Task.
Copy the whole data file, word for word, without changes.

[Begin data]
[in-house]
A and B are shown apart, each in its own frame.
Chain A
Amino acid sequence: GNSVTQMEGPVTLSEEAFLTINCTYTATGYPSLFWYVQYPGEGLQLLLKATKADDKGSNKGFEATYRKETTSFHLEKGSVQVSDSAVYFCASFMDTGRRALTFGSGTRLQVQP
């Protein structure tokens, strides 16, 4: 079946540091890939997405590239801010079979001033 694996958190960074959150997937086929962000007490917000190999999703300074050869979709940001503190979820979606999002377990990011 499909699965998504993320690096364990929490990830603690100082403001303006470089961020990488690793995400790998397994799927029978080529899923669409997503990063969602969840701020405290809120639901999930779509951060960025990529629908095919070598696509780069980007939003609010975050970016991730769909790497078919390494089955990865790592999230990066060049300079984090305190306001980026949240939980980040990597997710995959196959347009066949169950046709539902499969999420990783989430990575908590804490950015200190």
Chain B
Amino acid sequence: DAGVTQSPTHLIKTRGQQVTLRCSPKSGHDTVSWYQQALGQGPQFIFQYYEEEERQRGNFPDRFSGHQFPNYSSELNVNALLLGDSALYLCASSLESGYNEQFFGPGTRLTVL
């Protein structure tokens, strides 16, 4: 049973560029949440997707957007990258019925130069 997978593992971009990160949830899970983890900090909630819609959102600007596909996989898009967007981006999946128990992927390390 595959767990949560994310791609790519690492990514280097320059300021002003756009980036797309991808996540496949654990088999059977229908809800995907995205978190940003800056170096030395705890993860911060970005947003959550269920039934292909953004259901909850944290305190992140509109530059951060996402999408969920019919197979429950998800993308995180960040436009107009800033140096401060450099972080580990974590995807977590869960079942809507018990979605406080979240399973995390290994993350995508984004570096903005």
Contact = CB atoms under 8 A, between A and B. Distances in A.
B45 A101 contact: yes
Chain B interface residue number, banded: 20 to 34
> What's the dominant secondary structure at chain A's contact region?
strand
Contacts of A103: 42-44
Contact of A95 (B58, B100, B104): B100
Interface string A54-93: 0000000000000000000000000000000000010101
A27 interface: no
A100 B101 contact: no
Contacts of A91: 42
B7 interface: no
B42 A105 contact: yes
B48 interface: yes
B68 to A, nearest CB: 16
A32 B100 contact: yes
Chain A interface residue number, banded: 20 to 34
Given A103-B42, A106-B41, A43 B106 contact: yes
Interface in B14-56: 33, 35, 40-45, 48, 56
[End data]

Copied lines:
[in-house]
A and B are shown apart, each in its own frame.
Chain A
Amino acid sequence: GNSVTQMEGPVTLSEEAFLTINCTYTATGYPSLFWYVQYPGEGLQLLLKATKADDKGSNKGFEATYRKETTSFHLEKGSVQVSDSAVYFCASFMDTGRRALTFGSGTRLQVQP
């Protein structure tokens, strides 16, 4: 079946540091890939997405590239801010079979001033 694996958190960074959150997937086929962000007490917000190999999703300074050869979709940001503190979820979606999002377990990011 499909699965998504993320690096364990929490990830603690100082403001303006470089961020990488690793995400790998397994799927029978080529899923669409997503990063969602969840701020405290809120639901999930779509951060960025990529629908095919070598696509780069980007939003609010975050970016991730769909790497078919390494089955990865790592999230990066060049300079984090305190306001980026949240939980980040990597997710995959196959347009066949169950046709539902499969999420990783989430990575908590804490950015200190």
Chain B
Amino acid sequence: DAGVTQSPTHLIKTRGQQVTLRCSPKSGHDTVSWYQQALGQGPQFIFQYYEEEERQRGNFPDRFSGHQFPNYSSELNVNALLLGDSALYLCASSLESGYNEQFFGPGTRLTVL
């Protein structure tokens, strides 16, 4: 049973560029949440997707957007990258019925130069 997978593992971009990160949830899970983890900090909630819609959102600007596909996989898009967007981006999946128990992927390390 595959767990949560994310791609790519690492990514280097320059300021002003756009980036797309991808996540496949654990088999059977229908809800995907995205978190940003800056170096030395705890993860911060970005947003959550269920039934292909953004259901909850944290305190992140509109530059951060996402999408969920019919197979429950998800993308995180960040436009107009800033140096401060450099972080580990974590995807977590869960079942809507018990979605406080979240399973995390290994993350995508984004570096903005």
Contact = CB atoms under 8 A, between A and B. Distances in A.
B45 A101 contact: yes
Chain B interface residue number, banded: 20 to 34
> What's the dominant secondary structure at chain A's contact region?
strand
Contacts of A103: 42-44
Contact of A95 (B58, B100, B104): B100
Interface string A54-93: 0000000000000000000000000000000000010101
A27 interface: no
A100 B101 contact: no
Contacts of A91: 42
B7 interface: no
B42 A105 contact: yes
B48 interface: yes
B68 to A, nearest CB: 16
A32 B100 contact: yes
Chain A interface residue number, banded: 20 to 34
Given A103-B42, A106-B41, A43 B106 contact: yes
Interface in B14-56: 33, 35, 40-45, 48, 56